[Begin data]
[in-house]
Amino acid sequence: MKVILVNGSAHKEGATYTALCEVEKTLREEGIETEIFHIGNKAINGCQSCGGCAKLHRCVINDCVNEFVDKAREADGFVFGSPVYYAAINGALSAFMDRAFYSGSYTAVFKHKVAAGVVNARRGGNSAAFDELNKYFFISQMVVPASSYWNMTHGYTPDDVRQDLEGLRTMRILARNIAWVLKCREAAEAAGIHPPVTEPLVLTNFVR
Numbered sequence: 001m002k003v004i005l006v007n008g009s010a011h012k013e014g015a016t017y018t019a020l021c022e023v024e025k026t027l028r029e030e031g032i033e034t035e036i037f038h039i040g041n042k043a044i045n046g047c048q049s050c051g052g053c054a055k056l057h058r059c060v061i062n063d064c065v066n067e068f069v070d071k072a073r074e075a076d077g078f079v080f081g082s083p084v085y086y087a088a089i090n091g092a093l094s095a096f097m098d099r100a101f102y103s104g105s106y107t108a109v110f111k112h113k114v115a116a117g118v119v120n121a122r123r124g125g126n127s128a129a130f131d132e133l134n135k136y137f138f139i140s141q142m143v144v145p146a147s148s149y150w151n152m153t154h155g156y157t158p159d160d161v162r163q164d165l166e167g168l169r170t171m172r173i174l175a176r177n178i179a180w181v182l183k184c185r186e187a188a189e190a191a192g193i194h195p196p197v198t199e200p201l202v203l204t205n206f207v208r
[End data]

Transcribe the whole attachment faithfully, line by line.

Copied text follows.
[in-house]
Amino acid sequence: MKVILVNGSAHKEGATYTALCEVEKTLREEGIETEIFHIGNKAINGCQSCGGCAKLHRCVINDCVNEFVDKAREADGFVFGSPVYYAAINGALSAFMDRAFYSGSYTAVFKHKVAAGVVNARRGGNSAAFDELNKYFFISQMVVPASSYWNMTHGYTPDDVRQDLEGLRTMRILARNIAWVLKCREAAEAAGIHPPVTEPLVLTNFVR
Numbered sequence: 001m002k003v004i005l006v007n008g009s010a011h012k013e014g015a016t017y018t019a020l021c022e023v024e025k026t027l028r029e030e031g032i033e034t035e036i037f038h039i040g041n042k043a044i045n046g047c048q049s050c051g052g053c054a055k056l057h058r059c060v061i062n063d064c065v066n067e068f069v070d071k072a073r074e075a076d077g078f079v080f081g082s083p084v085y086y087a088a089i090n091g092a093l094s095a096f097m098d099r100a101f102y103s104g105s106y107t108a109v110f111k112h113k114v115a116a117g118v119v120n121a122r123r124g125g126n127s128a129a130f131d132e133l134n135k136y137f138f139i140s141q142m143v144v145p146a147s148s149y150w151n152m153t154h155g156y157t158p159d160d161v162r163q164d165l166e167g168l169r170t171m172r173i174l175a176r177n178i179a180w181v182l183k184c185r186e187a188a189e190a191a192g193i194h195p196p197v198t199e200p201l202v203l204t205n206f207v208r